There are at least 131,469 people subjected to detention and forcible disappearance by the Syrian regime since March 2011, according to the latest international statistics.
Documenting arrests is a complex process due to the practices of the Syrian regime, as the arrests by the Syrian regime and its militias are similar to kidnappings, without a judicial warrant, and the security forces of the four main intelligence services are often responsible for them, Where the authorities deny carrying out arbitrary arrests, and most detainees are forcibly disappeared.
Arrests and enforced disappearances have been documented based on the provisions of international laws and the set of principles related to arbitrary arrest and enforced disappearance.
According to the database, there are at least 149,862 people – including 4,931 children and 9,271 women – who are still under arrest or enforced disappearance at the hands of the parties to the conflict and the controlling forces in Syria from March 2011 until August 2021, including 131,469 people (including 3,621 children and 8,037 women) with the Syrian regime.
The number of forcibly disappeared persons reached 102,287 people – including 2,405 children and 5,801 women – of whom 86,792 are with the Syrian regime forces (including 1,738 children and 4,986 women), and 8,648 people were disappeared by the state organisation (including 319 children and 255 women), and 2,064 (including Including 13 children and 28 women) who have disappeared with Hay’at Tahrir al-Sham, and there are 2,567 people – including 237 children and 446 women – who are still subject to enforced disappearance by the various armed opposition factions since 2011 until now.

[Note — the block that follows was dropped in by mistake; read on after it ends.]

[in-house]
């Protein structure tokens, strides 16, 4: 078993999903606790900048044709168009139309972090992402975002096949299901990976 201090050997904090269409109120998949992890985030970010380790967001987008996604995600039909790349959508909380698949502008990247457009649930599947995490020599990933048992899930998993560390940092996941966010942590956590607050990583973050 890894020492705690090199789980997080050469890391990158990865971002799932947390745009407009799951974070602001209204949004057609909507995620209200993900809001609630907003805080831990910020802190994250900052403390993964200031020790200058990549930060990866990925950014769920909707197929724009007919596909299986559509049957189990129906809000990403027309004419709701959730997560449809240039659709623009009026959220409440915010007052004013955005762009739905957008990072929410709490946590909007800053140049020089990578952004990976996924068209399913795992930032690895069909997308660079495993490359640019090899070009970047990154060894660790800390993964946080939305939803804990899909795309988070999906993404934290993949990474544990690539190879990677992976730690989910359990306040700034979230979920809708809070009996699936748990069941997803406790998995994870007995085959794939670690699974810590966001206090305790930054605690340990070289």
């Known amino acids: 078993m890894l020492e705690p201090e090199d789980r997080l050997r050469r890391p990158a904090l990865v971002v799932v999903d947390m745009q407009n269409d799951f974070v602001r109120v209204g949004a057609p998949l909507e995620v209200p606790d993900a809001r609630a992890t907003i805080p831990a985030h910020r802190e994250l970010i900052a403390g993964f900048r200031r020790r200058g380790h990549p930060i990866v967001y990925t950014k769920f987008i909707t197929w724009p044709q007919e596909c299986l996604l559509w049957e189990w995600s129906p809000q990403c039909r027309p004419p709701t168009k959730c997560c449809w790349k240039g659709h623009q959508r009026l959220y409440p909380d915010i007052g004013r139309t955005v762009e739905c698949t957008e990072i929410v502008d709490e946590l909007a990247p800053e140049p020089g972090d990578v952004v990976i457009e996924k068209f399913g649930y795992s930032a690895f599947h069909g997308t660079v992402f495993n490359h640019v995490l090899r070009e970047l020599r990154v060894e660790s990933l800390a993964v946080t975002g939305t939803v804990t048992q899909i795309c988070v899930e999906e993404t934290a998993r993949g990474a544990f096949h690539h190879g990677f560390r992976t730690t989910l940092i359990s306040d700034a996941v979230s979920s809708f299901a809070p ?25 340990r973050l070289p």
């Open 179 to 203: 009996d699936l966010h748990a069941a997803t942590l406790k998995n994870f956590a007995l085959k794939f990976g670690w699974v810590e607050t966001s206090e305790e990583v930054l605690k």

2,216 people – including 98 children and 86 women are still subject to enforced disappearance by the Syrian Democratic Forces.
These findings do not include detainees held on criminal grounds, and include cases of political arrests and the internal armed conflict, mainly due to activity opposing the de-facto authority, as well as cases of arrests to suppress freedom of opinion and expression.
We stress that these numbers represent only the minimum number of arbitrary arrests and enforced disappearances that we were able to record, and the reality includes thousands of cases that we were unable to document due to the difficulties of the documentation processes.
We also stress that none of the parties to the conflict and the controlling powers provide any public record showing the whereabouts of detainees and the reasons for their arrest, nor the judicial rulings issued against them, including the death penalty, and the vast majority of families do not know the fate of their children.
We point out that the issue of detainees and forcibly disappeared is one of the most important human rights issues, in which no significant progress has occurred despite its inclusion in several resolutions of the UN Security Council and resolutions of the United Nations General Assembly, and we stress that the Syrian regime has not fulfilled any of its obligations in any of the treaties and agreements including the international convention it ratified, in particular the International Covenant on Civil and Political Rights. It has also violated several articles of the Syrian constitution itself and continued to detain hundreds of thousands of detainees without an arrest warrant for many years without charges and has prohibited them to hire a lawyer and family visits, and subjected about 68% of the total detainees to enforced disappearance.
We call on the Syrian regime to reveal the fate of about 87,000 forcibly disappeared persons, to immediately release tens of thousands of arbitrarily arrested and detained persons whose sentences have expired, and to stop the brutal torture, and urge the United Nations, the international community and the guarantor parties of the Astana talks to form a special impartial committee to monitor cases of enforced disappearance, and to reveal the fate of nearly 102,000 disappeared in Syria, 85% of whom are held by the Syrian regime, and I o immediately start putting pressure on all parties to immediately disclose the records of their detainees.